were their friends. They saw that we wanted to ease their pain.”
The Louisianians called themselves the “Samaritan
Sowers Club” because they were planting seeds for future missions
efforts while showing the love that the good Samaritan portrayed in the
“The people wondered why Americans came this far to help them,” Iles recalls.
“We’d tell them we came to represent ‘Isa Almasih,’ which means ‘Jesus Christ’ in their native tongue.”
One conversation with a young Muslim boy about
Christ afforded Rogers a chance to spend an evening in his home, an
honor in that culture. At the home, Rogers was able to share a unique
experience with the youngster.
“While he was praying to his god in one room, I was
praying to my God in another room,” Rogers says. “I was overwhelmed
that the Lord opened such an opportunity.”
Another team member who was able to share Christ
with a resident of Banda Aceh was Erin Askew, a member at Crescent City
Baptist Church in Metairie.
A former International Mission Board journeyman to
Indonesia, Askew says the trip was “an amazing opportunity.” After
serving as an interpreter the first part of the trip, Askew visited
with the city’s women and children the remainder of her time in Banda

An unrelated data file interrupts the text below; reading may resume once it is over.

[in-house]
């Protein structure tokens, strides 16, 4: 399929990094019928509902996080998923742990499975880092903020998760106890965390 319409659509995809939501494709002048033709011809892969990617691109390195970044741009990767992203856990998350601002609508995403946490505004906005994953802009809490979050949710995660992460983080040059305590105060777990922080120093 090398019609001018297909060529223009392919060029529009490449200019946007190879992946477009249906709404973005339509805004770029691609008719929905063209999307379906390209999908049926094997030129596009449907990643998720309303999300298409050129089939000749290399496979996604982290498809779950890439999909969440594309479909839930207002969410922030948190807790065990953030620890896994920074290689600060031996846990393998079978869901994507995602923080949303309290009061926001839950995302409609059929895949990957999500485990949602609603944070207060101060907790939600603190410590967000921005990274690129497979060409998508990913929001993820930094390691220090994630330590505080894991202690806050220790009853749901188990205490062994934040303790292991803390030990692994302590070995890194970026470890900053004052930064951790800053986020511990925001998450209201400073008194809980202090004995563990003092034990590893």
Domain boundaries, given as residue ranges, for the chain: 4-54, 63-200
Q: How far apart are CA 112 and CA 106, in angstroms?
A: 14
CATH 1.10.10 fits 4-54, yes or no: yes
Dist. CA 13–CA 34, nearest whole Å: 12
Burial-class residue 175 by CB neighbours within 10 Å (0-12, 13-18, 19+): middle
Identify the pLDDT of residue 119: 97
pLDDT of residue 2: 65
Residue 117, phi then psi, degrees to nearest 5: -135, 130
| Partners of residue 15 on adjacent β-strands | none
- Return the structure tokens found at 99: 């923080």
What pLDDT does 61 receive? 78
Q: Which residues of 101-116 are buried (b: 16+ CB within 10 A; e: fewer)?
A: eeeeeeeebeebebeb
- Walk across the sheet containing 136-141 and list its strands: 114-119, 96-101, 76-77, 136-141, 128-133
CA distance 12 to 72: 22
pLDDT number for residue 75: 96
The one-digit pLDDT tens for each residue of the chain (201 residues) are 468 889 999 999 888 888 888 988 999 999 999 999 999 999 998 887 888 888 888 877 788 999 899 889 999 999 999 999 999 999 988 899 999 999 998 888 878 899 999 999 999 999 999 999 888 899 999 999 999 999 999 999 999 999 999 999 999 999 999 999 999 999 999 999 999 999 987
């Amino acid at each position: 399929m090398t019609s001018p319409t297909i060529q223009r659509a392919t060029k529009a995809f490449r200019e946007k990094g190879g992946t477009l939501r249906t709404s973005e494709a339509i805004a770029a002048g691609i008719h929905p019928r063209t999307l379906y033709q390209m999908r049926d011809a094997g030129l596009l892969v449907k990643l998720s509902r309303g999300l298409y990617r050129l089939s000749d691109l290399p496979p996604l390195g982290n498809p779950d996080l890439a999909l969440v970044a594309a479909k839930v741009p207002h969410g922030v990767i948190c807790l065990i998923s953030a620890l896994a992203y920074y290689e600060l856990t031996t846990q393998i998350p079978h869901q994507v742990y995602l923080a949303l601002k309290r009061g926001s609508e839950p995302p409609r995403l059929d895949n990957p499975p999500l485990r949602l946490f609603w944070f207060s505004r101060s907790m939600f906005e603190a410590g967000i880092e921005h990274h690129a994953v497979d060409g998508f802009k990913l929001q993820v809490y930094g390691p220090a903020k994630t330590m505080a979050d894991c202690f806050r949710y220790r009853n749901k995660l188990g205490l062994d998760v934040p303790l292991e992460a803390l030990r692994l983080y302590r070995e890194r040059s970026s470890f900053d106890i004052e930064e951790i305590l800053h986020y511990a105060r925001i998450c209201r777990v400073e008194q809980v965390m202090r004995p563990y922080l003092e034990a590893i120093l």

In one of the villages, Askew was trying to calm a
boy who was misbehaving by allowing him to teach her the Acehnese
language. The boy asked Askew if she were Muslim.
When Askew said she was a Christian, he asked questions about her faith.
“I was able to share with him that God loves him,”
Askew recalls. “It was something he hadn’t heard
before. It was a small start that I hope someone else continues.”
Iles says the team had to overcome the Banda
Acehens’ mindest that Americans are like the actors portrayed on
television and the movie screen.
The team combatted this obstacle by blending into
the culture as much as possible, Iles notes. For instance, the three
women nurses who served on the medical team wore scarves, the same
clothing attire of area women. “This led to the people there being more
open to us,” Iles explains.
Furthermore, the key to breaking the language and cultural barrier was a smile and open heart, he notes.
“When you smile at people with your heart, it breaks
those barriers,” Iles explains. “We were ambassadors for Christ and
touched others’ lives. When people are hurting, they’re open to God and
people caring about them.”
One of the most difficult aspects of the trip was
witnessing the devastation of the tsunami firsthand, Askew recalls.
“The destruction was so great that I couldn’t
comprehend what they felt. I felt numb, but at the same time, I was
honored to be a part of something huge God was doing.”
Reminiscing on the Louisiana Baptists’ trip, Iles
says he is confident they carried out their mission – planting gospel
seeds for a harvest. “Have the precious people of Aceh province turned
to Isa Almasih – or as I call him Jesus the Messiah? …” Iles ponders.
“The answer is ‘belum’ (which means ‘not yet’ in the
“But it is a ‘not yet’ with the firm knowledge that
the seeds being planted are being faithfully watered and nurtured by
the master,” Iles continues.
“The harvest, as always, is his and not ours.”